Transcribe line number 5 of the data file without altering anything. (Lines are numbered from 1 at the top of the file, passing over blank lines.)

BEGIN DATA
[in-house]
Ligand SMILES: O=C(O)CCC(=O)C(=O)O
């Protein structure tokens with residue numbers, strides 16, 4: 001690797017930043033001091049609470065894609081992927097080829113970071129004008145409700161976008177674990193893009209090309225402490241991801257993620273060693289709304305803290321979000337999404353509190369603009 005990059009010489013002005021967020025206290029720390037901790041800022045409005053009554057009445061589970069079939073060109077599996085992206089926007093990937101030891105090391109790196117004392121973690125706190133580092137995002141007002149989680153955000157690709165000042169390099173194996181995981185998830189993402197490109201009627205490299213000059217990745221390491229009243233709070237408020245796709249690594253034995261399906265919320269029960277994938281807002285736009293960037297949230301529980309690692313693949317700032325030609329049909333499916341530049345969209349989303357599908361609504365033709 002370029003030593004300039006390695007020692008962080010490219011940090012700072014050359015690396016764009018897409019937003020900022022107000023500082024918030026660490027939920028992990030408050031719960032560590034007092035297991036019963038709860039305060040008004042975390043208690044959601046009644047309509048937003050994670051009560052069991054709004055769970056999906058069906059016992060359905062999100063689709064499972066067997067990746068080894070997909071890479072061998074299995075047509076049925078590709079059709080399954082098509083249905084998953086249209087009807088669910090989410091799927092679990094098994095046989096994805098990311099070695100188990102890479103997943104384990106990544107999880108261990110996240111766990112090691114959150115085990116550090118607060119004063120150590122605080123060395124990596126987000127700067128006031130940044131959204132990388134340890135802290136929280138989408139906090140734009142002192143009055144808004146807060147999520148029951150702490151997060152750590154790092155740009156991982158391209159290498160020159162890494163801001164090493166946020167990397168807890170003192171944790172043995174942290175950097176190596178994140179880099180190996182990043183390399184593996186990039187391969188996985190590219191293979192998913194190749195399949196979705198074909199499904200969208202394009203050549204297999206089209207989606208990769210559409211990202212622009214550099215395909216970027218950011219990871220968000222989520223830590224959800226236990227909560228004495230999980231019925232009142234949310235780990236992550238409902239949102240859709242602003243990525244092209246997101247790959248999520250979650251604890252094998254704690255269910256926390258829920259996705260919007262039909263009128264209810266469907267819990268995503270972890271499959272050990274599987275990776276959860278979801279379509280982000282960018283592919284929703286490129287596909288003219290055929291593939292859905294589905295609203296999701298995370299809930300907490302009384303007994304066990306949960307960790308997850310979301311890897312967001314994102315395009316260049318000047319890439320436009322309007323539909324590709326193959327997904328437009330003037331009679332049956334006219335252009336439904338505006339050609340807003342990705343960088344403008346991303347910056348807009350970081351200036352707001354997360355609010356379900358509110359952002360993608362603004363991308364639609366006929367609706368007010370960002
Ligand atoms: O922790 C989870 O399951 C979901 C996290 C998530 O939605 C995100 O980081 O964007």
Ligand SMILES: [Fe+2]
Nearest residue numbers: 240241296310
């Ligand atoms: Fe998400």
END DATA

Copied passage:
Ligand SMILES: [Fe+2]